After underperforming during January, the rebound in EM shares has been roughly in line with developed market benchmarks. Intervention by Chinese authorities – principally through stock purchases by state-owned institutions – halted the local market’s prolonged slump, with shares holding on to recent gains even after the disappointment over the budget announcement that did not incorporate much additional stimulus. China aside, the rest of EM also performed well since February, prompting GSM participants to discuss the prospects for the asset class. In general, they found several signs that hinted at a healthier backdrop for EM stocks going forward and active management opportunities.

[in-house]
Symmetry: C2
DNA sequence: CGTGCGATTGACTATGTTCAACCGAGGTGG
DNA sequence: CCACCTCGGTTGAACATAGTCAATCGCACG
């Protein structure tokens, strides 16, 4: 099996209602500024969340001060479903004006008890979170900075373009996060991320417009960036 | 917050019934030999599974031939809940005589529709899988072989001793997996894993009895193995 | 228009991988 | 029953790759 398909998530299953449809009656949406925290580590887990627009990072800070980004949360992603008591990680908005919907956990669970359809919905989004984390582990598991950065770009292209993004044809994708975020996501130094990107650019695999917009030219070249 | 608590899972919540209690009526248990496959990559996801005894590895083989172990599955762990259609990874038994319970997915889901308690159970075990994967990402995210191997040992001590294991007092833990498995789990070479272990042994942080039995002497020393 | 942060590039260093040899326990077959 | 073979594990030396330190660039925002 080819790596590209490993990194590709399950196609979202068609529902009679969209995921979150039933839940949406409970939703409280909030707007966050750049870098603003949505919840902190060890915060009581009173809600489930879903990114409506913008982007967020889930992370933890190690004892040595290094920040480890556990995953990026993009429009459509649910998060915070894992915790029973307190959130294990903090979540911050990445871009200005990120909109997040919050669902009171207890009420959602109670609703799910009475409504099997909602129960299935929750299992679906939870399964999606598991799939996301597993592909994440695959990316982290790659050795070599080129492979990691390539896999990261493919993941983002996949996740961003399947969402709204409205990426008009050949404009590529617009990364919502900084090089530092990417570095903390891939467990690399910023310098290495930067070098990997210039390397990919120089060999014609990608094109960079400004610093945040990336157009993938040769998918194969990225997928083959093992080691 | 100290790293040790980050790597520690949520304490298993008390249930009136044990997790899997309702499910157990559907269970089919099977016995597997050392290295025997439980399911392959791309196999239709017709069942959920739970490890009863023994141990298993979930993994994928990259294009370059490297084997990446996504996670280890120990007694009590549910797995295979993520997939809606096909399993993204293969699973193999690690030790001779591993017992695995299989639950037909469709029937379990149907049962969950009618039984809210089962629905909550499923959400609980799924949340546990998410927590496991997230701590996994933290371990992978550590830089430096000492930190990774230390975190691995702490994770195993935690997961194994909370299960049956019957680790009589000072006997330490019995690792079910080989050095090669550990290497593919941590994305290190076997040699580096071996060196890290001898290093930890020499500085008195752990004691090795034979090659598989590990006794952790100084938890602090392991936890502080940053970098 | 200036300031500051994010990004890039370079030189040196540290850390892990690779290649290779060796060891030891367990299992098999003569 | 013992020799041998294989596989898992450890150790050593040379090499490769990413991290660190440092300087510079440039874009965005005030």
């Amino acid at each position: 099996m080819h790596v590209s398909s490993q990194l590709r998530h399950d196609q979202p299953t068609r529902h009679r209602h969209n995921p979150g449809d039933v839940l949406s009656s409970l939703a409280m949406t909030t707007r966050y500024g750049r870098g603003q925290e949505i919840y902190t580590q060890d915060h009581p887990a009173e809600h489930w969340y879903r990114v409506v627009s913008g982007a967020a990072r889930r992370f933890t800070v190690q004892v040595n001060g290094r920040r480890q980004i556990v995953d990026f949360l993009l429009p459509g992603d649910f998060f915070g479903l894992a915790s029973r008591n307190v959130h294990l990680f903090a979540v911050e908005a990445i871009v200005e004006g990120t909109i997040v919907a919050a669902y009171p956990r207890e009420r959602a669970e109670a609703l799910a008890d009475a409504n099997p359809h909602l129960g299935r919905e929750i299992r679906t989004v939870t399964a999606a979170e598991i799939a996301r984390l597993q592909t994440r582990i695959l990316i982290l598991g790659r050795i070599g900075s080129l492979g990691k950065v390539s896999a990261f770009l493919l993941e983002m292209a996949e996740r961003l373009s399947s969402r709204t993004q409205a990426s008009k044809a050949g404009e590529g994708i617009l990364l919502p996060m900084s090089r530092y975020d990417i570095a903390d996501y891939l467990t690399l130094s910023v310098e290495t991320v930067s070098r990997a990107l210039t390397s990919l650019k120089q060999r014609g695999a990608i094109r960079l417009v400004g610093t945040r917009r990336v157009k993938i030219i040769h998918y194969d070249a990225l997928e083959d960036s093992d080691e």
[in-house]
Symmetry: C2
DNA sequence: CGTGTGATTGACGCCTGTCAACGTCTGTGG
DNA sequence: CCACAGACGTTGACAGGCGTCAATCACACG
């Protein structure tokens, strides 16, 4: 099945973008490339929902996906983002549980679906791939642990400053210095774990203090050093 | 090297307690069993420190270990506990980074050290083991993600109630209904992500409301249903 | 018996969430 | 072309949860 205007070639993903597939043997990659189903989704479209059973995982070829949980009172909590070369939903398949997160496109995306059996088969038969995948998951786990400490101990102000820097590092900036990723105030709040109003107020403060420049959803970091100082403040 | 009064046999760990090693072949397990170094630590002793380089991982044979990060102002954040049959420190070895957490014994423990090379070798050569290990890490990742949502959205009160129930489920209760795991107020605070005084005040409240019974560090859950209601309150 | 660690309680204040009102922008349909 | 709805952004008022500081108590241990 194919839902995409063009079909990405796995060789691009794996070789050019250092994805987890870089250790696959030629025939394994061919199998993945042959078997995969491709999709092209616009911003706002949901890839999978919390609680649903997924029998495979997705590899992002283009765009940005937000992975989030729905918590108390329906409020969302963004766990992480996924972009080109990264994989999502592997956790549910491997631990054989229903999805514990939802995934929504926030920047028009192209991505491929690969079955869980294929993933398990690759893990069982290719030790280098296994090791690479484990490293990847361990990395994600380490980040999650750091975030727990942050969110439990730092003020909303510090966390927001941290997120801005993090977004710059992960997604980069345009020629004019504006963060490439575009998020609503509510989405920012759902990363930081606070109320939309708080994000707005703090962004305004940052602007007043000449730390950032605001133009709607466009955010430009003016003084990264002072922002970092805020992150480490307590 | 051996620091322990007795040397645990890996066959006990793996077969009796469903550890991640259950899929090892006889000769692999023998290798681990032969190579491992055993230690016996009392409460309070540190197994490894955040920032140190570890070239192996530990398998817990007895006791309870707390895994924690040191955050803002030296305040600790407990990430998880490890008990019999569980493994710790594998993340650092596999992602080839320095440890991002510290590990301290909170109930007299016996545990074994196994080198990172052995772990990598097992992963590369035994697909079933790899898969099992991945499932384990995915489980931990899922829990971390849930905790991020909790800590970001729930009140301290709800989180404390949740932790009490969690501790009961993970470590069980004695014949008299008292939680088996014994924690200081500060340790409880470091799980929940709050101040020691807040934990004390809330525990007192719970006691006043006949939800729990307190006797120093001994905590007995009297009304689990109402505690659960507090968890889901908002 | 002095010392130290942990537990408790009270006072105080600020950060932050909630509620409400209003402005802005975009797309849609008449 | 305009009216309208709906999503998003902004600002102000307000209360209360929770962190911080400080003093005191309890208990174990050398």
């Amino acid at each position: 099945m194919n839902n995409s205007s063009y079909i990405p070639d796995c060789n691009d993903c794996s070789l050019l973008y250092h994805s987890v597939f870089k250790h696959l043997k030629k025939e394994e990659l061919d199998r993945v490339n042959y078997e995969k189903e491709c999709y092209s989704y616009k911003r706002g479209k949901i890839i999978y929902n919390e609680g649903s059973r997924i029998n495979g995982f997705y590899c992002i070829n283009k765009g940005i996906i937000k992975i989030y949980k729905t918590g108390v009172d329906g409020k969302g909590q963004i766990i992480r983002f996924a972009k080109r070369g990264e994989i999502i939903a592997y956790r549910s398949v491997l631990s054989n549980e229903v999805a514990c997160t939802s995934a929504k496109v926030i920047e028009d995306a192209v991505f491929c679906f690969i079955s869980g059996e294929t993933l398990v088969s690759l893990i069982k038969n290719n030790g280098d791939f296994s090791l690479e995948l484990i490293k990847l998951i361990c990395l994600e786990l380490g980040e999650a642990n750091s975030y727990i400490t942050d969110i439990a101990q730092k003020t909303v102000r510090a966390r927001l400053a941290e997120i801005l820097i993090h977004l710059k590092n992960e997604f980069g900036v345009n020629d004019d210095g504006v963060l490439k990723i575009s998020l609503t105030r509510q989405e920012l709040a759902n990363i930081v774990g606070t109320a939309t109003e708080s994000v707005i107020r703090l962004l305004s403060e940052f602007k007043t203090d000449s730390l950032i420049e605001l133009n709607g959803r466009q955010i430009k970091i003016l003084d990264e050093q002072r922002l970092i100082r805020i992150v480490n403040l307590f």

The first is that Fed easing is coming possibly around midyear, which tends to be positive for equity market performance. Lower U.S. rates, moreover, give additional space for some EM central banks to keep cutting and others, principally in Asia, to catch up. Second, both the dollar and long-term yields have been relatively stable despite the hawkish adjustment to fewer 2024 rate cuts. Earlier in the year, the hawkish rates rethink drove the dollar stronger, which historically has been a headwind to EM performance. One possible explanation for this recent decoupling in the dollar is that upside economic surprises are becoming more widespread, eroding some of the support from U.S. “exceptionalism.” Third, a supportive EM growth picture in the next two years is expected to coincide with a double-digit earnings-per-share rebound. That is a break from the past decade when EM delivered good economic growth but near-zero earnings growth. Analysts noted that net earnings revisions in EM are still moving lower, but the pace of deterioration is subsiding. Finally, for all the cyclical and structural challenges that China faces, expectations and sentiment are already downbeat; indeed, the consensus for growth is 4.6%, below the official guidance of near 5.0% for 2024.